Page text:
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Democracy and the US Constitution

Joel M. Sipress
Series Editors: Joel M. Sipress and David J. Voelker

Publication Date - 15 July 2019

ISBN: 9780190057091

144 pages
7-1/2 x 9-1/4 inches

In Stock

Encourage your students to participate in a contested, evidence-based discourse about the human past


Embracing an argument-based model for teaching history, the Debating American History series encourages students to participate in a contested, evidence-based discourse about the human past. Each book poses a question that historians debate--How democratic was the U.S. Constitution? or Why did civil war erupt in the United States in 1861?--and provides abundant primary sources so that students can make their own efforts at interpreting the evidence. They can then use that analysis to construct answers to the big question that frames the debate and argue in support of their position.

Democracy and the US Constitution poses this big question: How democratic was the U.S. Constitution?


  • Organized around a big question about which historians themselves disagree: How democratic is the US Constitution?
  • Exposes students to rival positions about which they must make informed judgments
  • Asks students to judge the relative merits of rival positions on the basis of historical evidence
  • Requires students to develop their own positions, for which they must argue on the basis of historical evidence
  • Offers an alternative to the "coverage model" that has dominated History classrooms since the late nineteenth century, and which has consistently fallen short of its own goals since its inception
  • Concise and flexible format allows for inclusion in a variety of classroom settings
  • Each title in the Series is edited by Joel M. Sipress and David J. Voelker, award-winning teachers who have published and lectured extensively on reform in the teaching of History
  • The enhanced ebook offers short video clips, flashcards, animated maps, interactive timelines, and additional primary sources

About the Author(s)

Joel M. Sipress received his PhD in US History from the University of North Carolina at Chapel Hill. He is a Professor of History at the University of Wisconsin-Superior, where he teaches US and Latin American History. He serves as coeditor of the Debating American History series with David J. Voelker.


"The advantage that Debating American History has over other projects and texts currently available is that it brings a very clear and focused organization to the notion of classroom debate. The terms of each debate are clear. The books introduce students to historiography and primary sources. Most of all, the project re-envisions the way that US history should be taught. No other textbook or set of teaching materials does what these books do when taken together as the sum of their parts."--Ian Hartman, University of Alaska

"Debating American History repositions the discipline of history as one that is rooted in discovery, investigation, and interpretation."--Ingrid Dineen-Wimberly, University of California, Santa Barbara

"Debating American History is an excellent replacement for a 'big assignment' in a course. Offering a way to add discussion to a class, it is also a perfect 'active learning' assignment, in a convenient package."--Gene Rhea Tucker, Temple College

"The question 'How democratic was the Constitution?' fits perfectly with my course, which centers on the evolving and contested nature of freedom in US History. Students will enjoy arguing this question and it will be an eye-opener for those who have studied a more traditional version of US history that largely ignores the limited nature of freedom in early America."--Amani Marshall, Georgia State University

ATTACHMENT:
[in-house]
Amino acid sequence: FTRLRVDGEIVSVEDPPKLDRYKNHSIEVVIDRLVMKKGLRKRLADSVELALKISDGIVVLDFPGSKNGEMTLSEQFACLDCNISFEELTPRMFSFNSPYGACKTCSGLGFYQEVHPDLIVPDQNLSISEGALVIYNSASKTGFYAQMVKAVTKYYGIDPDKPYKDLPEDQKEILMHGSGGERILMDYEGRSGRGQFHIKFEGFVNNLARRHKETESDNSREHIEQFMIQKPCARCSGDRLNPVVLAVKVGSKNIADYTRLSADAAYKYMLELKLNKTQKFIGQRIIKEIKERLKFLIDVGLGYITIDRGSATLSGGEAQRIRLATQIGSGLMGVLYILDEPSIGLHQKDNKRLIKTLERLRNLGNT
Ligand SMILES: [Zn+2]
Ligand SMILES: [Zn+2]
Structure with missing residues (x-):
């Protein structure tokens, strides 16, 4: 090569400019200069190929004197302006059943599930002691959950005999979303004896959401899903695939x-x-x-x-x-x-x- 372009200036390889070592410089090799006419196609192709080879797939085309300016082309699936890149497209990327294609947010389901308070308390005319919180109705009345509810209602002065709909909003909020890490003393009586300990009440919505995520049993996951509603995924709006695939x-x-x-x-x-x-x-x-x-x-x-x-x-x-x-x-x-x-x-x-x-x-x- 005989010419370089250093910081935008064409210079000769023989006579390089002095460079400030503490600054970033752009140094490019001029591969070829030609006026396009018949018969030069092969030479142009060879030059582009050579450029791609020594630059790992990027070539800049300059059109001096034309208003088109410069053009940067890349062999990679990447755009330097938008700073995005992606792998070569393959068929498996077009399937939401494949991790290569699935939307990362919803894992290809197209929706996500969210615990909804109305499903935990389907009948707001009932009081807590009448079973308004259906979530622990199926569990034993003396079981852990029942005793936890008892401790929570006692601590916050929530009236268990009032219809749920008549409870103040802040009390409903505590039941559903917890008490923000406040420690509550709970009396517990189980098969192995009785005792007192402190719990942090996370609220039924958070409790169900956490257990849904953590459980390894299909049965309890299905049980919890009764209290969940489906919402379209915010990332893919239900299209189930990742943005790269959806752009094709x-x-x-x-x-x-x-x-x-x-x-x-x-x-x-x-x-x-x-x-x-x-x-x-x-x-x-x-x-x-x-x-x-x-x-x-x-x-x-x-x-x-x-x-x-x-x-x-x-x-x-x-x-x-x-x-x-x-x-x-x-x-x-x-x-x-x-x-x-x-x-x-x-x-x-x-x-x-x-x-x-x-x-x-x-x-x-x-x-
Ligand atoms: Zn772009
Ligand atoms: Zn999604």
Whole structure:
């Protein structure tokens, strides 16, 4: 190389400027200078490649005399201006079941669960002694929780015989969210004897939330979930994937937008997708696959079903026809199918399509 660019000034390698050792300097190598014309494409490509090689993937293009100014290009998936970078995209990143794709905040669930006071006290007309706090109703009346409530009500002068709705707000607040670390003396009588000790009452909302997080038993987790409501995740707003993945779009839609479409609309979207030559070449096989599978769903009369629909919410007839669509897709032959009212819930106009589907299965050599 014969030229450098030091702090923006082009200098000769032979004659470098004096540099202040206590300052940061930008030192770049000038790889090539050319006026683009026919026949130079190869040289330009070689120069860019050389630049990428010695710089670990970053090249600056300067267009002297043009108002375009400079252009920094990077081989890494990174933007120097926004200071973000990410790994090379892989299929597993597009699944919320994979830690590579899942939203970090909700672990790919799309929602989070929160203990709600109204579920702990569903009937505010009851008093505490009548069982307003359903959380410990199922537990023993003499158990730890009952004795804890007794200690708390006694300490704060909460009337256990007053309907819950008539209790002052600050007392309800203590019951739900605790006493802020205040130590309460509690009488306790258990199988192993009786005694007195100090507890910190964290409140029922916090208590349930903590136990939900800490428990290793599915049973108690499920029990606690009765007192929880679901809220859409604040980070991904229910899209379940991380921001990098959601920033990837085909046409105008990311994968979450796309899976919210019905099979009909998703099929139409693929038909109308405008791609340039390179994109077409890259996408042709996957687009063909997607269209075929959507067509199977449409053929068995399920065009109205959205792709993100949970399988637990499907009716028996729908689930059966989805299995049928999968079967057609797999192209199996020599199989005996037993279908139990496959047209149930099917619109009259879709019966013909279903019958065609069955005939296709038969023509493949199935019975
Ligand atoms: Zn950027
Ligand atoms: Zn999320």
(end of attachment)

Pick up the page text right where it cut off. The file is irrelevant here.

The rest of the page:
"Students will find interesting the 'big' question about the degree to which the US Constitution is a democratic document. Many students will probably be surprised to discover that there is argument over whether or not the Constitution is democratic."--Christian Gonzales, University of Rhode Island

Table of Contents

    List of Figures
    About the Author
    I. The Big Question
    II. Timeline
    III. Historian's Conversations
    Position #1: We Hold These Truths to be Self-Evident": The Creation of a Democratic Republic
    Position #2: An Excess of Democracy: The Federalist Assault on Popular Self-Government
    Position #3: A Republic of Propertied Men: The Constitution in Historical Context
    IV. Debating the Question
    A. Declarations and Constitutions
    1.1 The Declaration of Independence (1776)
    1.2 The Articles of Confederation (1777)
    1.3 The Constitution of the United States (1787)
    1.4 The Constitutions of Virginia (1776) and Pennsylvania (1776)
    1.5 The Bill of Rights (1789)
    B. Federalist Documents
    2.1 Letter of Alexander Hamilton to James Duane (1780)
    2.2 Alexander Hamilton, "Conjectures about the Constitution" (1787)
    2.3 James Madison, "Vices of the Political System of the United States" (1787)
    2.4 James Madison, "Federalist No. 10" (1787)
    2.5 James Madison, "Federalist No. 51" (1788)
    C. Documents from Shay's Rebellion
    3.1 Daniel Gray, "An Address to the People of the Several Towns in the County of Hampshire, Now at Arms" (1786) and Thomas Grover, "To the Printer of the Hampshire Herald" (1786)
    D. Anti-Federalist Documents
    4.1 Essay by Montezuma (1787)
    4.2 "Political Creed of Every Federalist" (1787)
    4.3 Mercy Otis Warren, "Observations on the New Constitution, And on the Federal and State Conventions by a Columbian Patriot" (1788)
    4.4 Virginia Convention Recommends Amendments to the Constitution (1788)
    E. Voting Restriction and Slave Laws in the Thirteen Original States
    F. Biographies of Key Federalists
    6.1 Alexander Hamilton
    6.2 James Madison
    V. Additional Resources

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